The extent of the Home Depot security breach is just coming to light, and it does not paint a reassuring picture for patrons of the big-box retailer.
Fifty-six million customers were affected, which, according to Bloomberg, gives Home Depot the dubious distinction of topping Target’s massive credit card breach during last year's holidays, when hackers stole 40 million credit cards.
And Bloomberg Businessweek reported Home Depot ignored internal advice to activate a security program designed by Symantec that would have added a layer of security protection at terminals where customers swipe their credit and debit cards at its 2,226 stores. The hackers used a custom-made software program to penetrate the Home Depot system at the cash registers.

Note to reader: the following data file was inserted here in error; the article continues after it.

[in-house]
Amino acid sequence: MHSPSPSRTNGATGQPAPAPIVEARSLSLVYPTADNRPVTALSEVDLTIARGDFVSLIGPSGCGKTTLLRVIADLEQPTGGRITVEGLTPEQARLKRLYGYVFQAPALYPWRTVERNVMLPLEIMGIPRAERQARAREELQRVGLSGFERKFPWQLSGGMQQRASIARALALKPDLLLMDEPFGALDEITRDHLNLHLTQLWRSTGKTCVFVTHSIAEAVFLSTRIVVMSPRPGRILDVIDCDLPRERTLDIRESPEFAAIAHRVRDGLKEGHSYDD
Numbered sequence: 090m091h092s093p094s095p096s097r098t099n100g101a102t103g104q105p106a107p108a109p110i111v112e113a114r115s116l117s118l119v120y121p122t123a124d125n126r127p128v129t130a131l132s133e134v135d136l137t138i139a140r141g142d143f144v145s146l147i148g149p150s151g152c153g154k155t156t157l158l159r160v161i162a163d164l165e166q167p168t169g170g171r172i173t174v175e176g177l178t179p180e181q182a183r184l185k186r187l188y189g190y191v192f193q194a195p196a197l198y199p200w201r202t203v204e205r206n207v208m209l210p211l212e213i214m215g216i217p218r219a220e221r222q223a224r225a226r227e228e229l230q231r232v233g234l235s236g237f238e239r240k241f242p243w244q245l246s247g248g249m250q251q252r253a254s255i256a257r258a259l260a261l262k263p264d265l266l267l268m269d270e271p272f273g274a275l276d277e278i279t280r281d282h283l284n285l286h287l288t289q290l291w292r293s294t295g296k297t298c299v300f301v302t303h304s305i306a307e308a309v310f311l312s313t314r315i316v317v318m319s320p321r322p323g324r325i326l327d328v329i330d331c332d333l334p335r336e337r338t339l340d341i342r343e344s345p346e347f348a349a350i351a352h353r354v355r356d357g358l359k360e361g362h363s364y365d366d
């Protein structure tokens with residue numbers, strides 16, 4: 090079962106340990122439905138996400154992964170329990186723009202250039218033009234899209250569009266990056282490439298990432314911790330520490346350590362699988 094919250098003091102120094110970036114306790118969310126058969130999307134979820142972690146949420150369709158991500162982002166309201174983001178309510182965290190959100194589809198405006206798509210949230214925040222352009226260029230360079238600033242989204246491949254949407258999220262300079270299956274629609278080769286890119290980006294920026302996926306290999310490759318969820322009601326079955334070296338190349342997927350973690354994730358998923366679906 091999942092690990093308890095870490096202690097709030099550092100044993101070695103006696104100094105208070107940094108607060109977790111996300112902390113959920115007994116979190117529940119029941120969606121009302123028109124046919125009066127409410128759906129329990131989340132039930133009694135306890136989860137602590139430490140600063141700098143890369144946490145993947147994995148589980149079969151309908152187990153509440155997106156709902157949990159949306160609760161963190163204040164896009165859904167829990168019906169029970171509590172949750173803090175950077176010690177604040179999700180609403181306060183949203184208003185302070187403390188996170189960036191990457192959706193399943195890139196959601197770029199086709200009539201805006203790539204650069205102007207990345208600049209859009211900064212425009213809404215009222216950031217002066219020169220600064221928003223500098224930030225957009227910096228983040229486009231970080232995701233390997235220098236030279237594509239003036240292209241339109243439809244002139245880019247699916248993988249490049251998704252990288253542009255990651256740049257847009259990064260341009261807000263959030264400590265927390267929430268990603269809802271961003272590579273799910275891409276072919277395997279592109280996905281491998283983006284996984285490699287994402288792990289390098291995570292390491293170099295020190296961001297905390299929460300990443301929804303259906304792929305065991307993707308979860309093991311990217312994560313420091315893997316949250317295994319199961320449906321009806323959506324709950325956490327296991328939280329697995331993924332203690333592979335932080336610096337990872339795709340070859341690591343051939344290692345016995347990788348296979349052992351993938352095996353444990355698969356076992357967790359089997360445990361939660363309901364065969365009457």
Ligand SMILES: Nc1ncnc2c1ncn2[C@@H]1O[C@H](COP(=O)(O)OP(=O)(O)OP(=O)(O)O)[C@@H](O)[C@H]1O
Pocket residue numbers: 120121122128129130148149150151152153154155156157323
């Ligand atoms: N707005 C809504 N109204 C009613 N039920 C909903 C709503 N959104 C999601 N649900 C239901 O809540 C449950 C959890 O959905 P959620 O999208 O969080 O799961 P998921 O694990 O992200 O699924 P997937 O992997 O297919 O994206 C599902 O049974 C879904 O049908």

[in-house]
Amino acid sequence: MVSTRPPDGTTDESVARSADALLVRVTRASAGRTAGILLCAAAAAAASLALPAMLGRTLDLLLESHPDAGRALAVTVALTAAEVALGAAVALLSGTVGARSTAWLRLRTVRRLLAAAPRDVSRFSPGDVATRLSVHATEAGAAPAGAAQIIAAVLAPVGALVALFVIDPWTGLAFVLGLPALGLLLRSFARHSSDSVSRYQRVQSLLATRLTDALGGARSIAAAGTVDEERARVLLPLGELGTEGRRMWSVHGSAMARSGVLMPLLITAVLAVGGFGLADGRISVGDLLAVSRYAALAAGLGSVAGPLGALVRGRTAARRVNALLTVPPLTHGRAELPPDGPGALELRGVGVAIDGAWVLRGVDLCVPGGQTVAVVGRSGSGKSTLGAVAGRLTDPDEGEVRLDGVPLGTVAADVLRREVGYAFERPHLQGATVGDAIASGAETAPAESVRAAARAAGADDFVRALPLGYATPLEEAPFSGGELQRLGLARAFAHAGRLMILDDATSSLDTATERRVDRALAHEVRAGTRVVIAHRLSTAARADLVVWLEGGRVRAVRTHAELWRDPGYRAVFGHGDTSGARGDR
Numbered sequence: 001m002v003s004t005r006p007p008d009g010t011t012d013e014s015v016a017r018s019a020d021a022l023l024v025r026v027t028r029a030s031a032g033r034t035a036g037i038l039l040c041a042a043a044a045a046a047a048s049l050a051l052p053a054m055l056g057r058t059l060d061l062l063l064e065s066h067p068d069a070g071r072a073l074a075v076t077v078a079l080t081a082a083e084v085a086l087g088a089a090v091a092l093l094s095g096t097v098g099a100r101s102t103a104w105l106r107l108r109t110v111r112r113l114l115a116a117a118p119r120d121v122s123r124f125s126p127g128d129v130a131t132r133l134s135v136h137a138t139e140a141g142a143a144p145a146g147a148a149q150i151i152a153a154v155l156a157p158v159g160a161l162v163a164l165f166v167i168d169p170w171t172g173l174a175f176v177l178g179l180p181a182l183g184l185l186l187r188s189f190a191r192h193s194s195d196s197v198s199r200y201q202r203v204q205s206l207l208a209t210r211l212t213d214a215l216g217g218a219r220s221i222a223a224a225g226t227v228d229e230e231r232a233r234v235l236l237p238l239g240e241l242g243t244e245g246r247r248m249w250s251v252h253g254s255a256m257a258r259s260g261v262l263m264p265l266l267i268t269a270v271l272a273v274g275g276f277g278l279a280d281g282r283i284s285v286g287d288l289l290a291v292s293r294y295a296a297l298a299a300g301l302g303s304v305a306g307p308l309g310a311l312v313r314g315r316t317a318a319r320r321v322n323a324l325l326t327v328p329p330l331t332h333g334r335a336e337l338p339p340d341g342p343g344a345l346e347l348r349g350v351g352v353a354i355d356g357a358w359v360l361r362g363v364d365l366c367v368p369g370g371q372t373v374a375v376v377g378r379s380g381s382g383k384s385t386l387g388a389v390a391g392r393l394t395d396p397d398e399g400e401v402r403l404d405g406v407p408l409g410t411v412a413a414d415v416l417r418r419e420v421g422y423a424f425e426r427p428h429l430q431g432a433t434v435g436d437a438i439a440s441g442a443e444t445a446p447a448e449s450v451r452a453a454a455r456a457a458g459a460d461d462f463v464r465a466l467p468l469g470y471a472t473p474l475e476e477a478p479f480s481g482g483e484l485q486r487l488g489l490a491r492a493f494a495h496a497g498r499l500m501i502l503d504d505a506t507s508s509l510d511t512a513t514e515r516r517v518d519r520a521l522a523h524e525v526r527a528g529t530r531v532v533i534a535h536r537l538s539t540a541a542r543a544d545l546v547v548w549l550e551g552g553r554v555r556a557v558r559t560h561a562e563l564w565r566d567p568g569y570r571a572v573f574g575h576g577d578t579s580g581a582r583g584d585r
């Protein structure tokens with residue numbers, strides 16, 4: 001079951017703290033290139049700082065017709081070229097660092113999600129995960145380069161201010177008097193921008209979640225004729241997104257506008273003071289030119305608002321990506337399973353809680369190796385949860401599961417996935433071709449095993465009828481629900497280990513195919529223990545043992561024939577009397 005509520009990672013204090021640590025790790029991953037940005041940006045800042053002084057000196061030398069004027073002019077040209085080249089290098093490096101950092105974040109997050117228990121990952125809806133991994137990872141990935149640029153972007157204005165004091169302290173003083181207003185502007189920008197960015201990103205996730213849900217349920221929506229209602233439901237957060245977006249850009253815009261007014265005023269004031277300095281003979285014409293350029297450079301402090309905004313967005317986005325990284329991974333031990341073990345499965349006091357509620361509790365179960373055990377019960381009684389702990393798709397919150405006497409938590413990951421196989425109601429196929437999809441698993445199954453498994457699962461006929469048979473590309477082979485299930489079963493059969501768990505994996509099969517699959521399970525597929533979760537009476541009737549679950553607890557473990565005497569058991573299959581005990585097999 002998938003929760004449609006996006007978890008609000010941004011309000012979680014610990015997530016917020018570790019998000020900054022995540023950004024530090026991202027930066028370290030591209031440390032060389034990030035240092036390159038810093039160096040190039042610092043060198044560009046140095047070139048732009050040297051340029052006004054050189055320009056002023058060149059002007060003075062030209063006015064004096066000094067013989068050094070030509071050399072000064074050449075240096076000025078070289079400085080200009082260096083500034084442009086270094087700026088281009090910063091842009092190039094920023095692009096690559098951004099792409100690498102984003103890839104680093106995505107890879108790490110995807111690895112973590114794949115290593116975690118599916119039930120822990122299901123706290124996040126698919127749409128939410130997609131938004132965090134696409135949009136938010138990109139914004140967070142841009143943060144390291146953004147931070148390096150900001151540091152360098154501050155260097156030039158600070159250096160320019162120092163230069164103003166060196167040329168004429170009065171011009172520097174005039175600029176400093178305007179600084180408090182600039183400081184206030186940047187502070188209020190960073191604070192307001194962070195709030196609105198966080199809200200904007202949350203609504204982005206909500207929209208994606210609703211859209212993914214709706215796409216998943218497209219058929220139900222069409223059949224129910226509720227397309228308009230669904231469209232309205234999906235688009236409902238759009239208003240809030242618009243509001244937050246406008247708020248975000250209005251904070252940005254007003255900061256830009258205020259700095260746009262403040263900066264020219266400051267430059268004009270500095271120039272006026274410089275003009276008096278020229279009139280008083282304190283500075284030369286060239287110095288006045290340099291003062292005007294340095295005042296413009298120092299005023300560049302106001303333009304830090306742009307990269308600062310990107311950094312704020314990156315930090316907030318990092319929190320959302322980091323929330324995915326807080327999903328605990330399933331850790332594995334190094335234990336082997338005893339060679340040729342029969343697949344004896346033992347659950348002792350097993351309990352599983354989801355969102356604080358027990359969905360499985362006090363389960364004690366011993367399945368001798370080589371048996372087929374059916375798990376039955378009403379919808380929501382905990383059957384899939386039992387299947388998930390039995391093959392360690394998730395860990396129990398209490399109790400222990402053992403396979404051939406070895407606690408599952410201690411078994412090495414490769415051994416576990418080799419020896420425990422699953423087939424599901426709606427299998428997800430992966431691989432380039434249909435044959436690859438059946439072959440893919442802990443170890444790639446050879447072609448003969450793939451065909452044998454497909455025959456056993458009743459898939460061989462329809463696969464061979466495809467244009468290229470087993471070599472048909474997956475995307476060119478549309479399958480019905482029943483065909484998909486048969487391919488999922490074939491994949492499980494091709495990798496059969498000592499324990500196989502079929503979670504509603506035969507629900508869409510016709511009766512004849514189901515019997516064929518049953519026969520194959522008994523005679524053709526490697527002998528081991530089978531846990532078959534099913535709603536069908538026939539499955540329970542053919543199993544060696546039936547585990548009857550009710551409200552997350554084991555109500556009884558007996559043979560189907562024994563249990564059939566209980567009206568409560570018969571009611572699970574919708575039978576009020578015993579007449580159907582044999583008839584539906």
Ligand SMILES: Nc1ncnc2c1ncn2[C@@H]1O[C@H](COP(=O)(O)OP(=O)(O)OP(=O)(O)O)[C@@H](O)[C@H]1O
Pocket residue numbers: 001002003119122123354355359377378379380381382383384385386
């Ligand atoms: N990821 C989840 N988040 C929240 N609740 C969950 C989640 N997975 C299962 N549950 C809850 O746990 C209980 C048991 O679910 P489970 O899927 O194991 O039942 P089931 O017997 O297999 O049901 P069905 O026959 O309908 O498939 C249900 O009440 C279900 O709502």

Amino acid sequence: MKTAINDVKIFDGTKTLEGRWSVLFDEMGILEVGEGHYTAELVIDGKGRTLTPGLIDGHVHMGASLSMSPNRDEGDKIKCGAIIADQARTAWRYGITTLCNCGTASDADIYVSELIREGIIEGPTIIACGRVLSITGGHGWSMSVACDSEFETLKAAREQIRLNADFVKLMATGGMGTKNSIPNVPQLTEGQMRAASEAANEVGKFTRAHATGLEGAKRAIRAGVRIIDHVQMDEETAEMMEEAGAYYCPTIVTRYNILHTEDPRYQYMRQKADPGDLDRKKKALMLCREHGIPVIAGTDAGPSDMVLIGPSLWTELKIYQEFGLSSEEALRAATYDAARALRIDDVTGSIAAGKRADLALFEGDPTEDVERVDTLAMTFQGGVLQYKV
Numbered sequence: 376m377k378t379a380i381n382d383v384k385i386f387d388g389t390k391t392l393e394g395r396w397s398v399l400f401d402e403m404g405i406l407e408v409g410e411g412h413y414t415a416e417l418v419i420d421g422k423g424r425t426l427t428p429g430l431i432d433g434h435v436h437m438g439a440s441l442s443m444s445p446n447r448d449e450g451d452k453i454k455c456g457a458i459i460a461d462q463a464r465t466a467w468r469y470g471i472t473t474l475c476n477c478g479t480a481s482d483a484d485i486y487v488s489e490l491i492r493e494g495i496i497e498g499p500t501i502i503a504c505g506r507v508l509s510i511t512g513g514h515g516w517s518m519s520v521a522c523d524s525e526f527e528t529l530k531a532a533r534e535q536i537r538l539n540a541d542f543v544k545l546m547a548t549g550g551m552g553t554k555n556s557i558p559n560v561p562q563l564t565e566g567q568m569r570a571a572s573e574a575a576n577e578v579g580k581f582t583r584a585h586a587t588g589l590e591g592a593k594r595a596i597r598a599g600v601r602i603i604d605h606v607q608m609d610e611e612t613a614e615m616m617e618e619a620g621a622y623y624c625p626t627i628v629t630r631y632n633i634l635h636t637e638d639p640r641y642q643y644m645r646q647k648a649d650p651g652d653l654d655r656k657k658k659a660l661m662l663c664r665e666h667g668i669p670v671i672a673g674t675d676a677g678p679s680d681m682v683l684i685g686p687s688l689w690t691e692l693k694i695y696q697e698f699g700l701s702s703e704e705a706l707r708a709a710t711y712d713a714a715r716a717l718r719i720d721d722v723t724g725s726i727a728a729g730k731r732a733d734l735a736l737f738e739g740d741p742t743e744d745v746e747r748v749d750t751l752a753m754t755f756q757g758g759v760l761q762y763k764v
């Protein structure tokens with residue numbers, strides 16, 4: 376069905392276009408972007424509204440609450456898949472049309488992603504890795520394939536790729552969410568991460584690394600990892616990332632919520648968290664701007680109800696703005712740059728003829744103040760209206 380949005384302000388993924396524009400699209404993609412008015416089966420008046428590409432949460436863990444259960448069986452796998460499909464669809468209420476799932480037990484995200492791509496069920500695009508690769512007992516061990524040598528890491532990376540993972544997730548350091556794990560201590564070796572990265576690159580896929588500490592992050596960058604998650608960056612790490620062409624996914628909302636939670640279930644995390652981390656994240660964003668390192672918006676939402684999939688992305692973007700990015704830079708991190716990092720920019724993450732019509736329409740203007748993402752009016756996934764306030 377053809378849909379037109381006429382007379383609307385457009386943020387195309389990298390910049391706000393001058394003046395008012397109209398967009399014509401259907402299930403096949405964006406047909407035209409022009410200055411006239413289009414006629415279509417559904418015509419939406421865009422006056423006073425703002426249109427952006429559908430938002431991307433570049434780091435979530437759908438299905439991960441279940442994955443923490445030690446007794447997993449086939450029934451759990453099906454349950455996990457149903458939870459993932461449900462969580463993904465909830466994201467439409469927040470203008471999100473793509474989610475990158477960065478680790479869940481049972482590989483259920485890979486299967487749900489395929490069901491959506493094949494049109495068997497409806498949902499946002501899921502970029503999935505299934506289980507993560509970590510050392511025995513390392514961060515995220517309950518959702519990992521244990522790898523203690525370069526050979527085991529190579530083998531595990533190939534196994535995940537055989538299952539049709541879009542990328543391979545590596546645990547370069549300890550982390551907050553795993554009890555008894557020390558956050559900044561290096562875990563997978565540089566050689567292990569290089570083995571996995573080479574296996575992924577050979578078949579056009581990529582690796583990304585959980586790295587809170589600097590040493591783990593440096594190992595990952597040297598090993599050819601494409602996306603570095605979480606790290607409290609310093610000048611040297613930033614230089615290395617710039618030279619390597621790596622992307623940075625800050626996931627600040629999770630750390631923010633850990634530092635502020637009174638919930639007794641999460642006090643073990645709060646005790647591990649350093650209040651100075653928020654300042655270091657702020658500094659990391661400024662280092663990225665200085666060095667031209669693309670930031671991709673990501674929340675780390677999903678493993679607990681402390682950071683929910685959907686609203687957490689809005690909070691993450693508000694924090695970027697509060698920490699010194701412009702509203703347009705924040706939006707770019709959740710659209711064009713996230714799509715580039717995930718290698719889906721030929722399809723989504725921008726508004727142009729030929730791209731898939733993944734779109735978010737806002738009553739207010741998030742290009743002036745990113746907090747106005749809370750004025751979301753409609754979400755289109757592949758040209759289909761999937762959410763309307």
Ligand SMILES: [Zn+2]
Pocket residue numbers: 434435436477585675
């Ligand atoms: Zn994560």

Home Depot CEO Frank Blake's said his customers would not be liable for the fraudulent charges and added, "From the time this investigation began, our guiding principle has been to put our customers first, and we will continue to do so."
The do-it-yourself home center became aware of the breach two weeks ago, but this is the first time it has openly discussed the number of customers affected by the hack. The ordeal will cost Home Depot an estimated $62 million, Bloomberg reported, including call center staffing and legal costs. By contrast, Target reportedly spent $160 million to clean up the mess left by hackers, which decreased the discounter's foot traffic and sales.
Home Depot joins a growing list of retailers who have been targeted by hackers that includes not only Target but also Neiman Marcus, P.F. Chang's, Super Valu and Michaels.